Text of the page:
We’ve all experienced a “vicious cycle,” that downward spiral where cycles of cause and effect compound each other and lead to a progressive worsening of a situation. Vicious cycles can happen in all areas of life, but one example that comes up often in my office is the cycle of injury and inactivity. An injury often leads to a period of inactivity which can lead to weight gain, which can make it harder to get back into shape, and the cycle of inactivity and worsening health continues. We’ve all been there.
On the flip side, the opposite of a vicious cycle is what economists call a “virtuous cycle,” also known as a positive feedback loop. This occurs when constructive cause and effect cycles reinforce each other, and lead to a continuously positive outcome. For example, exercise leads to more energy, which gives you more motivation to exercise, and when this cycle continues, it results in huge benefits to your health.
I’ve always been attracted to virtuous cycles, win-win situations, synergy, and positive feedback loops, so the latest research published in the journal Frontiers in Neuroscience was right up my alley. This research sheds light on a very important positive feedback loop: a cycle of healthy lifestyle choices and executive function in the brain. “Executive function” is defined by the researchers as, “an umbrella term for the related but distinct processes involved in the effortful control of goal directed behavior.” These include self control, flexible thinking, problem solving and keeping important things at the forefront of memory.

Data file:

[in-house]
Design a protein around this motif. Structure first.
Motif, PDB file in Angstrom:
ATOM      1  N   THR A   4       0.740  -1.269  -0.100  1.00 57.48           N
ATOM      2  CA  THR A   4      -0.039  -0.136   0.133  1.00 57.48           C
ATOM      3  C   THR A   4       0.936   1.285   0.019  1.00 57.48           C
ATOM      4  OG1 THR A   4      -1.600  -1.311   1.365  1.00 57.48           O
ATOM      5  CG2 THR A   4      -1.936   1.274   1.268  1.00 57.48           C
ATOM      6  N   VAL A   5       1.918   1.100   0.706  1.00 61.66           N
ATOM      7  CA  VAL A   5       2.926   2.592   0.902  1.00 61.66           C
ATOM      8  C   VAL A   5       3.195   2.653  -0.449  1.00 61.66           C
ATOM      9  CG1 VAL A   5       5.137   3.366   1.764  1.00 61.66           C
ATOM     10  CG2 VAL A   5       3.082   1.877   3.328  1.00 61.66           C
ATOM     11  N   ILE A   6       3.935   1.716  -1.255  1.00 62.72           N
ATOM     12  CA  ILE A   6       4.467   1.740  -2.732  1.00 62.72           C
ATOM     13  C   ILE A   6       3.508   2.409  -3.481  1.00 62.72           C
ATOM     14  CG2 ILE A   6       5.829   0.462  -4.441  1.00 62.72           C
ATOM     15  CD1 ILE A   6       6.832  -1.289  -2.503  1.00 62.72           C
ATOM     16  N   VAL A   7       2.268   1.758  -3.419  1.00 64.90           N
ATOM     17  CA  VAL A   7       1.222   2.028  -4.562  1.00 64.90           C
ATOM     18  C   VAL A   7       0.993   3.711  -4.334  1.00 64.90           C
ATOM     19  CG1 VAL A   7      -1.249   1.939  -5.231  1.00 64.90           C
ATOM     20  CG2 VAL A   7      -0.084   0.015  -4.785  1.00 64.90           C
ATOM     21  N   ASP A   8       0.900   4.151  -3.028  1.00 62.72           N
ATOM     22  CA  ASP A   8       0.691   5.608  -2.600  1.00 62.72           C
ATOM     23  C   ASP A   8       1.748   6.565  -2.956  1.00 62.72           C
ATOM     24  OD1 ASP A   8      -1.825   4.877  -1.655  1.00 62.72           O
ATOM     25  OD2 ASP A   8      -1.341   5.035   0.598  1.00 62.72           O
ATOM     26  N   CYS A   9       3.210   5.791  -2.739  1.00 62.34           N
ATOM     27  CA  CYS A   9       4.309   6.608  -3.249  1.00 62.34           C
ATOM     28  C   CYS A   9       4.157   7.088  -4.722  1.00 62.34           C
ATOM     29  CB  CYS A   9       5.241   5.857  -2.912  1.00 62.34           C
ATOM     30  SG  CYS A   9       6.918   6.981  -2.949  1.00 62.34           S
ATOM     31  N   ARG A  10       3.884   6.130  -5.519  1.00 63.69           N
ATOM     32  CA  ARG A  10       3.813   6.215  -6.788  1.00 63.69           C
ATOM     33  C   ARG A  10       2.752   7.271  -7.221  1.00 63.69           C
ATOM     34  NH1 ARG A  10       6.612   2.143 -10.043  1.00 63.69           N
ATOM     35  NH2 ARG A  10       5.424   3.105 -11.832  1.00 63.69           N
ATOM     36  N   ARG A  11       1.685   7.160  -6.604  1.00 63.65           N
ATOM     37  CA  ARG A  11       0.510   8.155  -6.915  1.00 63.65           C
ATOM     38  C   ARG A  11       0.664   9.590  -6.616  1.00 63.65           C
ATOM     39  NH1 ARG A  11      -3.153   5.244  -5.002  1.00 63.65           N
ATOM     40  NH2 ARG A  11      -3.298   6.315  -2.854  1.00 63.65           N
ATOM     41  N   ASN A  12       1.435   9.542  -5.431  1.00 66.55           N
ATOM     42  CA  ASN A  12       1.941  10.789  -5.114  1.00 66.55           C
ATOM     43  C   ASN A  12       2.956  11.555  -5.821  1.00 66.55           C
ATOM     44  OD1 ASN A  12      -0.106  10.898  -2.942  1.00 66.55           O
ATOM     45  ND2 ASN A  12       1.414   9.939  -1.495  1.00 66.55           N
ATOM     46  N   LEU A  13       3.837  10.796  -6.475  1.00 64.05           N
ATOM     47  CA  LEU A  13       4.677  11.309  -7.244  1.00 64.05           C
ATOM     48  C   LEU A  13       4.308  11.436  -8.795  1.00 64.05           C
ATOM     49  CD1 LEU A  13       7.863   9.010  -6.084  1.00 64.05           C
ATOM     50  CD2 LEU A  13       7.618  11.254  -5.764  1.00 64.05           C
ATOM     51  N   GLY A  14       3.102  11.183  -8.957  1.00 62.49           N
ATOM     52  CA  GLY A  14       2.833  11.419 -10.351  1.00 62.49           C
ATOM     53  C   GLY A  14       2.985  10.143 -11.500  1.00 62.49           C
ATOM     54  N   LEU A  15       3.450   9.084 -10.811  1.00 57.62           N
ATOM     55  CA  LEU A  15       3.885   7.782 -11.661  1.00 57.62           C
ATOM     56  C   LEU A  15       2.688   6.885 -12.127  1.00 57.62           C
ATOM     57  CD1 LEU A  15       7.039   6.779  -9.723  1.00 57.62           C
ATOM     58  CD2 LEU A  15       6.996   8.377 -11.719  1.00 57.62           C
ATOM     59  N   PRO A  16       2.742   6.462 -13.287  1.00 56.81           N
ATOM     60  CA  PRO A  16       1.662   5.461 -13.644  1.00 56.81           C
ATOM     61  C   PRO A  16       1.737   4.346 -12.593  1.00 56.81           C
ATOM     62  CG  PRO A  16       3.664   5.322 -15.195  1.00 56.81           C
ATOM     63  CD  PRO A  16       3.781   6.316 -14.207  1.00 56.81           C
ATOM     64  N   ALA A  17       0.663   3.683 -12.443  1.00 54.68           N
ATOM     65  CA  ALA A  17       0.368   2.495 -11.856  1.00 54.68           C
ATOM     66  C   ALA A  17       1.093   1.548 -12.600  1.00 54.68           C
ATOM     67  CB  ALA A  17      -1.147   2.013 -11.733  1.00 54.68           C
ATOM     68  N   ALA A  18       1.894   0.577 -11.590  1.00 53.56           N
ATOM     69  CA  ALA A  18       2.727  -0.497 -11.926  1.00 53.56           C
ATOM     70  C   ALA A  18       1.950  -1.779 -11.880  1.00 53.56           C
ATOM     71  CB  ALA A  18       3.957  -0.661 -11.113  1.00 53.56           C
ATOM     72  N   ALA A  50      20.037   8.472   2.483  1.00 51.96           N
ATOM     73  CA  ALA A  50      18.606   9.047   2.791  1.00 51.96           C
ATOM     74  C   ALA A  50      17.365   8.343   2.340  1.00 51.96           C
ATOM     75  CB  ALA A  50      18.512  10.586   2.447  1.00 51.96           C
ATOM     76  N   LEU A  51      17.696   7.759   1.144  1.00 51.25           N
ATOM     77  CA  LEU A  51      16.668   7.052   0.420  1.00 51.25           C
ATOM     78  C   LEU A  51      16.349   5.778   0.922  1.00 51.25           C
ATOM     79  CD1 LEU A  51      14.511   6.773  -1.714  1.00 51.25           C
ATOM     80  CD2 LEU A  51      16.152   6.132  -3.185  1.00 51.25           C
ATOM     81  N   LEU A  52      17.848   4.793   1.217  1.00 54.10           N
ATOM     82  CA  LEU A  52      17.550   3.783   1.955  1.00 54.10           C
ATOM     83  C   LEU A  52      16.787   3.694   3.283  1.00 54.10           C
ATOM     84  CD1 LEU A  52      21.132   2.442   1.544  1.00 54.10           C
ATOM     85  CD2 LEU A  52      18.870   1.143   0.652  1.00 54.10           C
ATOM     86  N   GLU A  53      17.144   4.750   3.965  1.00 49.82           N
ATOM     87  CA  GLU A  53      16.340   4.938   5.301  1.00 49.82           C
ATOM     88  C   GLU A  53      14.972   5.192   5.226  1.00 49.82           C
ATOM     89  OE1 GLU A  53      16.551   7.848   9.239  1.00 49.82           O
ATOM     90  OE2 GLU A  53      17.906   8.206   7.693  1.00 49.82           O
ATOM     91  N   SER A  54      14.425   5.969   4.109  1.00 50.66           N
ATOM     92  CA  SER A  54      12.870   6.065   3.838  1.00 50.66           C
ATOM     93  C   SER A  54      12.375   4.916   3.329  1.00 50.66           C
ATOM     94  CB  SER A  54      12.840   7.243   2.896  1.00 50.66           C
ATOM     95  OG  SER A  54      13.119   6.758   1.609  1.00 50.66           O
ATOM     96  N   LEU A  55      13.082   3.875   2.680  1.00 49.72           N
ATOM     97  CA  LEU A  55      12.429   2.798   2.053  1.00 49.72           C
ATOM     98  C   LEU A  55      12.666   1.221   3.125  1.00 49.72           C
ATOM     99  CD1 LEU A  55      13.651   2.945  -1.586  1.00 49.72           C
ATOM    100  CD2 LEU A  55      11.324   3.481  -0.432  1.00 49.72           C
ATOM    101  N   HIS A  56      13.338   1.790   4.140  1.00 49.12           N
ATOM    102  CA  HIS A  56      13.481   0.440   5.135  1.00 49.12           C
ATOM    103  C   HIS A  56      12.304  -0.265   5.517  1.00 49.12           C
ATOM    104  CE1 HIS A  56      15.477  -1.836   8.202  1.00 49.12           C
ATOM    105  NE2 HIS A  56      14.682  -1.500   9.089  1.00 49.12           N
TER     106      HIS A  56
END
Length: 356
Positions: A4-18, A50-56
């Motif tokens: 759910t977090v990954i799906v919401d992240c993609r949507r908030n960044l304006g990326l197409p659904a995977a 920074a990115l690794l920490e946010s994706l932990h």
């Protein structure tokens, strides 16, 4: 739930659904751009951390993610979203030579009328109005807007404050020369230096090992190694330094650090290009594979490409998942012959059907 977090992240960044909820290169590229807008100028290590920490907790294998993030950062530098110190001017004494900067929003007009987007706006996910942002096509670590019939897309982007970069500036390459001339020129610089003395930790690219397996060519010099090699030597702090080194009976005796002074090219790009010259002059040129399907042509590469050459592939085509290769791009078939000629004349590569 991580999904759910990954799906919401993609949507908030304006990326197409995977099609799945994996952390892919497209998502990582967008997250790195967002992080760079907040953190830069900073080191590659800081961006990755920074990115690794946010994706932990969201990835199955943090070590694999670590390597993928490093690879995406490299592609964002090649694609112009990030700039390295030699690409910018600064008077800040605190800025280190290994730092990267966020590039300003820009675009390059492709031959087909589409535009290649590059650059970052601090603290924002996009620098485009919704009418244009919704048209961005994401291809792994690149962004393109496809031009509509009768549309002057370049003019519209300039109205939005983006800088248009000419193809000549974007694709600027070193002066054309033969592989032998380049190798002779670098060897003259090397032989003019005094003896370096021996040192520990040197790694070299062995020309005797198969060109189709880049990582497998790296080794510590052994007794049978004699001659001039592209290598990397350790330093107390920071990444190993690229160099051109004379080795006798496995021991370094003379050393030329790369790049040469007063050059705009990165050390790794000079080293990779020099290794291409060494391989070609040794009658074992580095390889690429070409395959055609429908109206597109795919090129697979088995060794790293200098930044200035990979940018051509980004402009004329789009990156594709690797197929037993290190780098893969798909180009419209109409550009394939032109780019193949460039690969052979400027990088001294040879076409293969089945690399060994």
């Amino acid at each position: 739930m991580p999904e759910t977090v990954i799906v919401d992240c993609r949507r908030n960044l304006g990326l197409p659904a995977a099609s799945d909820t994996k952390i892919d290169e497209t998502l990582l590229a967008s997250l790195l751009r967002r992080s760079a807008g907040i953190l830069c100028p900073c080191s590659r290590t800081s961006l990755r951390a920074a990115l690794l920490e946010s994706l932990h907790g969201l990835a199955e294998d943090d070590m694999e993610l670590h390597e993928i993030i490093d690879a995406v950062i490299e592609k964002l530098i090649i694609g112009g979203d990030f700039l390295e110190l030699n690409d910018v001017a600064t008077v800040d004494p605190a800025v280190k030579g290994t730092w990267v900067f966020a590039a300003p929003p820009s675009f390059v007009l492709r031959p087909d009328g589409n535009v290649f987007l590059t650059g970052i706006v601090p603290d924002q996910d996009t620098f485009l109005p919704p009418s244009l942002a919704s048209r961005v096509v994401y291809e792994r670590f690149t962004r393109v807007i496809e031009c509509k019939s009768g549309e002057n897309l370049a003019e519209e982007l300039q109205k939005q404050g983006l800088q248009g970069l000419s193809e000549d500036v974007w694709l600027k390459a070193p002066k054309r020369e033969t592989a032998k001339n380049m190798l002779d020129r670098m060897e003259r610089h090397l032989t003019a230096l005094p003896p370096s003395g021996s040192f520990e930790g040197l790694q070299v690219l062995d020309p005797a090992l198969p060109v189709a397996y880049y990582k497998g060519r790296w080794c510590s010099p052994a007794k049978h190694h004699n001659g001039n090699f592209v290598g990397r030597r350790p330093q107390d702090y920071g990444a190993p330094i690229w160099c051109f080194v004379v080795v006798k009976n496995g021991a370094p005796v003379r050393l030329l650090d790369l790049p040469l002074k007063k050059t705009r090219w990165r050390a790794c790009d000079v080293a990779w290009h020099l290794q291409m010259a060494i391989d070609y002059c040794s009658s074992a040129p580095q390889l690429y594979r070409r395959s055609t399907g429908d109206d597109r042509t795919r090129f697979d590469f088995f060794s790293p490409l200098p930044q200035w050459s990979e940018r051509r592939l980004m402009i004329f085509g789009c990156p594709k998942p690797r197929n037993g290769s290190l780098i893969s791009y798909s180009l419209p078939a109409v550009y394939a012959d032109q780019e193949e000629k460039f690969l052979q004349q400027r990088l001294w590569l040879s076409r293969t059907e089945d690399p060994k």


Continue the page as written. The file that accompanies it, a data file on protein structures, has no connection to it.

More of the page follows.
Summarizing their research, the study authors explain:
“We suggest that executive function, health behavior, and disease processes are interdependent. In particular, we argue that a positive feedback loop may exist whereby health behavior-induced changes in executive function foster subsequent health-enhancing behaviors, which in turn help sustain efficient executive functions and good health.”
To arrive at their conclusions, researchers analyzed data from 4,500 adults. Relationships between the participants’ levels of physical activity and their executive function were ascertained. When variables including age, gender, and illness were adjusted for, the researchers found that the cycle between executive function and health-enhancing behaviors goes both ways. They found that adults who showed “poor executive function” had a tendency to engage less in physical activity, and that adults who stayed active as they aged had higher levels of executive function.
According to Dr. Julia Allen:
“People who make a change to their health behavior, like participating in physical activity, eating less processed food, or consuming more fruits and vegetables, can see an improvement in their brain function over time and increase their chances of remaining healthy as they age.”
The study authors also noted:
“It seems that physical activity and EF [executive function] are synergistic — they improve one another.”
The relationship synergy between healthy lifestyle and dietary choices and improvements in executive function is a classic example of a virtuous cycle. When you make healthy choices, it positively impacts your executive function, thus improving your judgement and making you more likely to make good choices.
My goal here at UpWellness is to provide you with information and inspiration to help you to break those vicious cycles and to turn them into virtuous ones.
– Dr. Joshua Levitt